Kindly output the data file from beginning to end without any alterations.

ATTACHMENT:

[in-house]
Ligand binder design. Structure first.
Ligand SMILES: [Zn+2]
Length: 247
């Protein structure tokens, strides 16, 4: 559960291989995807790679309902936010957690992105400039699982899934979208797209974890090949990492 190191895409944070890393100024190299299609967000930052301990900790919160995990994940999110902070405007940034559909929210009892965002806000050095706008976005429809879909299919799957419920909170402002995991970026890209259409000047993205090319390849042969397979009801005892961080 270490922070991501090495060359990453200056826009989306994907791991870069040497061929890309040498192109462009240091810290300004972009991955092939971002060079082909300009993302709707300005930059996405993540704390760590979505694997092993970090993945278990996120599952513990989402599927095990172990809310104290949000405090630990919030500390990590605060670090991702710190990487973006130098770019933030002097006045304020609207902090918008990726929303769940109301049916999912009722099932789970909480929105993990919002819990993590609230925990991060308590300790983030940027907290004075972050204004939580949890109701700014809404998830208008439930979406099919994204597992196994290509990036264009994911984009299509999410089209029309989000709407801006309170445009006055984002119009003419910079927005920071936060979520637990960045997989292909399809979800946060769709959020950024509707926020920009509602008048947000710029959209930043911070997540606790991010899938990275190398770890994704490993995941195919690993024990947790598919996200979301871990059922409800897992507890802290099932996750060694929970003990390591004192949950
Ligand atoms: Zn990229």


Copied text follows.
[in-house]
Ligand binder design. Structure first.
Ligand SMILES: [Zn+2]
Length: 247
């Protein structure tokens, strides 16, 4: 559960291989995807790679309902936010957690992105400039699982899934979208797209974890090949990492 190191895409944070890393100024190299299609967000930052301990900790919160995990994940999110902070405007940034559909929210009892965002806000050095706008976005429809879909299919799957419920909170402002995991970026890209259409000047993205090319390849042969397979009801005892961080 270490922070991501090495060359990453200056826009989306994907791991870069040497061929890309040498192109462009240091810290300004972009991955092939971002060079082909300009993302709707300005930059996405993540704390760590979505694997092993970090993945278990996120599952513990989402599927095990172990809310104290949000405090630990919030500390990590605060670090991702710190990487973006130098770019933030002097006045304020609207902090918008990726929303769940109301049916999912009722099932789970909480929105993990919002819990993590609230925990991060308590300790983030940027907290004075972050204004939580949890109701700014809404998830208008439930979406099919994204597992196994290509990036264009994911984009299509999410089209029309989000709407801006309170445009006055984002119009003419910079927005920071936060979520637990960045997989292909399809979800946060769709959020950024509707926020920009509602008048947000710029959209930043911070997540606790991010899938990275190398770890994704490993995941195919690993024990947790598919996200979301871990059922409800897992507890802290099932996750060694929970003990390591004192949950
Ligand atoms: Zn990229």